Conference Discusses BYU Ties to China

The student-organized conference attracted hundreds as renowned professionals discussed China-related topics

As part of the second annual BYU China Conference, students from all disciplines had the chance to hear from a diverse panel of speakers, including a guest appearance by popular Chinese TV host Cui Yong Yuan.

 

The student-run conference involved around 40 volunteers, allowing various colleges from across campus to meet and discuss their work relating to China. With a total of six colleges, it was the first time such a large group was gathered to discuss BYU’s involvement with China.

 

“With such a diversity of topics and areas, the conference was not only insightful to students, but to faculty and staff as well,” said Peter Chan, the faculty advisor of the conference.

 

 

China’s popular talk show host Cui Yong Yuan joined the conference attendees through a video call, in which he discussed his admiration for BYU.

Yuan recalled his first exposure to the university was when the BYU Young Ambassadors performed in China in 1978, which at the time was a very unique experience. He remembers how impressive their dancing and singing was, and he felt very excited to be able to connect once again with BYU.

 

Former choreographer for the Beijing Dance Academy and BYU professor Jiamin Huang discussed how gestures can help communicate between cultures and overcome language barriers. Huang’s students performed to show how body language can replace words, after which Huang invited the audience to participate and dance.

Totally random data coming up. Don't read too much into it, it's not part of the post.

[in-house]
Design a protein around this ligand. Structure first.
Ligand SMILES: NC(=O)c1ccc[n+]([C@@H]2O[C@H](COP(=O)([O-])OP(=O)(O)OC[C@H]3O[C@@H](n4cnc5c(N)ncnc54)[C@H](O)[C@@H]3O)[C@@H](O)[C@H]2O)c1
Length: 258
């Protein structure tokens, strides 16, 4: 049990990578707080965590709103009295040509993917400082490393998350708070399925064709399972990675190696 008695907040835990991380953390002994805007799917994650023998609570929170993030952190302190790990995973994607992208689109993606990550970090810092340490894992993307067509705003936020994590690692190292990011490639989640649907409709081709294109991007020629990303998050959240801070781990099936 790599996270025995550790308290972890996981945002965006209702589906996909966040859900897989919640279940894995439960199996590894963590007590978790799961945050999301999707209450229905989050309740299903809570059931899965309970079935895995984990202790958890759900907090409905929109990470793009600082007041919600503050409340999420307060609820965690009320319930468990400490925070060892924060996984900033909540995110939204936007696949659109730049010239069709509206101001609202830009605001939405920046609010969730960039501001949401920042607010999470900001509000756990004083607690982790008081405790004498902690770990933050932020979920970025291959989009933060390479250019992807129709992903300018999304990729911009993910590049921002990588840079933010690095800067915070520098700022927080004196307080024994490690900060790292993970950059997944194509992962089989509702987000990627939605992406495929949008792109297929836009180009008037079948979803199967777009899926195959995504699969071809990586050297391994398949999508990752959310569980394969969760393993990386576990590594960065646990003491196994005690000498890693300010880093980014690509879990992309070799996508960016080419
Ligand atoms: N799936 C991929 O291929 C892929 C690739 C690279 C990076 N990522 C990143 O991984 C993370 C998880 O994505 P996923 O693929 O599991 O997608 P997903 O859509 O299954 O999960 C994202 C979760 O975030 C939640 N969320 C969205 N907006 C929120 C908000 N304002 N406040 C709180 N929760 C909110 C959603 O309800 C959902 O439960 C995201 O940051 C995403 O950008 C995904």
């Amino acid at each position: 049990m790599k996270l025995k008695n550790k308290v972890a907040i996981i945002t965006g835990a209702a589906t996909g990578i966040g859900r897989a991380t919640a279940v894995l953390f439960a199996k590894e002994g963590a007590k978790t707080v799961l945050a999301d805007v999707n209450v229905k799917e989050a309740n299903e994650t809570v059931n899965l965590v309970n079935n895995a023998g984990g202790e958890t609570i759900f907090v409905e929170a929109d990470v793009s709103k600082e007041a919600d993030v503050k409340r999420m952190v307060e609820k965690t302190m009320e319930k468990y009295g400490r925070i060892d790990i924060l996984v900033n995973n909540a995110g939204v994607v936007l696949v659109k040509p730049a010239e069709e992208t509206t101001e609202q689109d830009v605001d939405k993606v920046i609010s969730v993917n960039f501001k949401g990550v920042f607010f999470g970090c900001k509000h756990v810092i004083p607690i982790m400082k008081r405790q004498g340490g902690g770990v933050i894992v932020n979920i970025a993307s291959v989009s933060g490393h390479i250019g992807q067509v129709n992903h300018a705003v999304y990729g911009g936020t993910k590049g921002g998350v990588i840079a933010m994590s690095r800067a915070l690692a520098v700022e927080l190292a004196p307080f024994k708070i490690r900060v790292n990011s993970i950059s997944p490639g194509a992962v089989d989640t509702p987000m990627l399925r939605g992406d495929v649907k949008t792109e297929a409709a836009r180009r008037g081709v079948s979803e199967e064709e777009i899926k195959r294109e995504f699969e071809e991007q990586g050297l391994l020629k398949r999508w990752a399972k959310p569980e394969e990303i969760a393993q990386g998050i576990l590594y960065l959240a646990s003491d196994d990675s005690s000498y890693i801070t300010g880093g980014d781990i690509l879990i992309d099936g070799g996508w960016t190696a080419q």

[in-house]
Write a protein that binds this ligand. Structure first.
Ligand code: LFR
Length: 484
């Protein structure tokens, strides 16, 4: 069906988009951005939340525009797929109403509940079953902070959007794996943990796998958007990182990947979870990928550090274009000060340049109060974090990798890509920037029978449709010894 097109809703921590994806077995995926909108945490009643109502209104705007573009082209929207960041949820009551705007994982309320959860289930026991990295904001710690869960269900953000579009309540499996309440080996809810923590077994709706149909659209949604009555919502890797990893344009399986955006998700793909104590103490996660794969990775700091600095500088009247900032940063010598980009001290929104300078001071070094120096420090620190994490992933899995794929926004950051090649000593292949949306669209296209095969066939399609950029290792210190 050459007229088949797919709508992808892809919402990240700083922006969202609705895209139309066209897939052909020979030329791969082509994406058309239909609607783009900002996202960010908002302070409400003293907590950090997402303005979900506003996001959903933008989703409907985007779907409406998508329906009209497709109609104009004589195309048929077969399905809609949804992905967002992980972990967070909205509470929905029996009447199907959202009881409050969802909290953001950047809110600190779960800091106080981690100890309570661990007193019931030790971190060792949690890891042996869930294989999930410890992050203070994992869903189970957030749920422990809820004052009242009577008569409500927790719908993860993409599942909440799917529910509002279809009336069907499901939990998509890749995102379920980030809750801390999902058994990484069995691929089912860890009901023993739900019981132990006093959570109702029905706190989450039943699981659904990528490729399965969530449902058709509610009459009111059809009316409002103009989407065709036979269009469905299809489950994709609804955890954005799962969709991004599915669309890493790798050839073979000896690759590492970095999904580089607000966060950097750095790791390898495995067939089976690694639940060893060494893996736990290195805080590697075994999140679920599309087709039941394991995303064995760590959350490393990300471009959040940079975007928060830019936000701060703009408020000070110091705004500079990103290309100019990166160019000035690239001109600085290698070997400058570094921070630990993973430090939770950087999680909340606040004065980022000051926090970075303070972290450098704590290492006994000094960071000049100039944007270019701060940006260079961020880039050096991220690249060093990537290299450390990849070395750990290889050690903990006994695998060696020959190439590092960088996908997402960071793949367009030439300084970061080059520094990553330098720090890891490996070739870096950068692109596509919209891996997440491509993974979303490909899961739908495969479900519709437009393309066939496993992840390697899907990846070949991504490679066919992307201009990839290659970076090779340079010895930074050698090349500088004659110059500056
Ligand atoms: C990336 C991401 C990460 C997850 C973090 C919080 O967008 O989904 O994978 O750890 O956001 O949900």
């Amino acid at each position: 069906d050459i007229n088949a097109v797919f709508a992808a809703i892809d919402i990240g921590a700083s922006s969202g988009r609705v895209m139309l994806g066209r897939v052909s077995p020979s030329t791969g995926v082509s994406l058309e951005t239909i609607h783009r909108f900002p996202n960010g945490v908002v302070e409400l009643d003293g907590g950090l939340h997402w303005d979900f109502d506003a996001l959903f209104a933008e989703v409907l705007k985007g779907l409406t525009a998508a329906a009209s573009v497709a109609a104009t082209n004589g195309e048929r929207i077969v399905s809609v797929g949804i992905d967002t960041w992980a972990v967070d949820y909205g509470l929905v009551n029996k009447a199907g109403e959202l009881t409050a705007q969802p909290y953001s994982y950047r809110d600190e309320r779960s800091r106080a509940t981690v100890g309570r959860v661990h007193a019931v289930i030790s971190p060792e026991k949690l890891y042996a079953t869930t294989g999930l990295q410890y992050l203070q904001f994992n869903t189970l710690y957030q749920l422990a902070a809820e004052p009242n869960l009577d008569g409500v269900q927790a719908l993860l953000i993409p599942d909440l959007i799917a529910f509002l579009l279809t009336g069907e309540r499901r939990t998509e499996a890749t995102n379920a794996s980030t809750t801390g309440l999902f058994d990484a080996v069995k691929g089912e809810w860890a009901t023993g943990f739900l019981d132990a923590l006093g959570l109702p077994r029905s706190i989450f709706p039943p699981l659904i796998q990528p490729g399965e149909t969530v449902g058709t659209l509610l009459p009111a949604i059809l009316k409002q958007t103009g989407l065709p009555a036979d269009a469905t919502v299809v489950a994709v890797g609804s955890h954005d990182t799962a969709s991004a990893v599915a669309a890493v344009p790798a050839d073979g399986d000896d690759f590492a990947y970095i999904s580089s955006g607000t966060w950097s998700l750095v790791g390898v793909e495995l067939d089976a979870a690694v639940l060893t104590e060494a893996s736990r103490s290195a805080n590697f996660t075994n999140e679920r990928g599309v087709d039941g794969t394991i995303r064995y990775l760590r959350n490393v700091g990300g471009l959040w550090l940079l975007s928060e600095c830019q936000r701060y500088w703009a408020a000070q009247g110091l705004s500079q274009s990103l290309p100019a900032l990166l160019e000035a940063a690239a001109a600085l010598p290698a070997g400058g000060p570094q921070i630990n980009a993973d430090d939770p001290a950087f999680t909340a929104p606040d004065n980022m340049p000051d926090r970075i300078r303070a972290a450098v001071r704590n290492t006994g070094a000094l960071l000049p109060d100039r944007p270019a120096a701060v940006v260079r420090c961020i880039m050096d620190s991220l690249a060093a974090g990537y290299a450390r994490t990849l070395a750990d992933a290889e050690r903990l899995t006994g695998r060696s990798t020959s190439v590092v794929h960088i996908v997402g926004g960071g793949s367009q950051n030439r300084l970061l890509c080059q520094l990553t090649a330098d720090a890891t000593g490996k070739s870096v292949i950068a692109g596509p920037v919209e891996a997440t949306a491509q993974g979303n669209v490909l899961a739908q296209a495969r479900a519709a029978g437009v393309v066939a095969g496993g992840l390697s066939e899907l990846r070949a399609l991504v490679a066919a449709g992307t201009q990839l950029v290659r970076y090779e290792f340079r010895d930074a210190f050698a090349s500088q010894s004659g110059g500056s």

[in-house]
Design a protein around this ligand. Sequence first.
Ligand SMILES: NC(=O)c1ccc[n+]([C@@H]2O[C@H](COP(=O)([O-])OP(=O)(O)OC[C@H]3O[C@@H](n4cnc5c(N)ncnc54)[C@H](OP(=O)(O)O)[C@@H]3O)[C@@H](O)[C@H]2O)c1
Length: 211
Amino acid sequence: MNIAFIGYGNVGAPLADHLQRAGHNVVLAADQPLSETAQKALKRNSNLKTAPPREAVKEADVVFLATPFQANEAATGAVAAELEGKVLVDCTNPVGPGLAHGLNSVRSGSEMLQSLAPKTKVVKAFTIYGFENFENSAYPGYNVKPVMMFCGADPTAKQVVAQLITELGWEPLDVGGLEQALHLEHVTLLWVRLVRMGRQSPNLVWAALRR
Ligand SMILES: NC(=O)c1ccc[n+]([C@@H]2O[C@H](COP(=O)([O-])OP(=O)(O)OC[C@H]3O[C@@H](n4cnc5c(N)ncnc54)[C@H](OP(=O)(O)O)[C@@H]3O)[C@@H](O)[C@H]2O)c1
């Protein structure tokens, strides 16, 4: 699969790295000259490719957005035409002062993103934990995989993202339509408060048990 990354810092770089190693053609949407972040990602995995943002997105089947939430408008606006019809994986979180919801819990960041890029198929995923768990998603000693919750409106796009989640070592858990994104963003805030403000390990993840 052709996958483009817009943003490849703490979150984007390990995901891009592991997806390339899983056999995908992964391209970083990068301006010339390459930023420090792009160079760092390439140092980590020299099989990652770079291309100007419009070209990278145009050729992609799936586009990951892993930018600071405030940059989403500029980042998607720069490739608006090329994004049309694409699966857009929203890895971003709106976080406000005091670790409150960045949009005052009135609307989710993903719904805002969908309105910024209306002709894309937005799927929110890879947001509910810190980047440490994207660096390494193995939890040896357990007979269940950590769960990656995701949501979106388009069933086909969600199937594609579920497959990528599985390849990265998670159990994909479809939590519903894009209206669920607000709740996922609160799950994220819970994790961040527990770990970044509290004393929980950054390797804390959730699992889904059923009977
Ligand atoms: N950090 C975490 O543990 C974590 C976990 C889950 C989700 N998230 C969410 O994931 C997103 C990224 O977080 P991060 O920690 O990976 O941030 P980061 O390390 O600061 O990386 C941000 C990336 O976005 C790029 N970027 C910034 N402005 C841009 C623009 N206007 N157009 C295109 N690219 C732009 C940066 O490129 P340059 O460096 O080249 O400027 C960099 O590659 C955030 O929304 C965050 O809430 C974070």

Noble Coker, a BYU alumnus and former vice president and CIO of Disneyland–Hong Kong, shared his experience working in China.

 

 

As part of their project “In Search of the Heavenly Emperor,” Peter Chan, Caroline Kwok, and Academy Award–winning filmmaker Casey Williams shared highlights of their research on connections between ancient Chinese practices and the Hebrew Bible.

 

Finally, Dr. Tang-Yuan Chu, who specializes in sciences related to women’s health in Taiwan, spoke about ovarian cancer. He explained how changes in lifestyle throughout history have impacted women’s health.

 

Peter Chan said he was pleased with how the conference turned out. With 280 registered participants, the conference attendance had doubled from last year.

 

 

“We were able to put together a successful and high quality event with just volunteer students,” Chan said. “I gave them the vision and they did all the hard work. It’s exceptional.”

 

For next year’s conference, Chan hopes to get more colleges involved to further expose students and the BYU community to diverse topics related to China.

 


Writer: Lorraine Bailey

Contact: Cindy Glad (801) 422-1922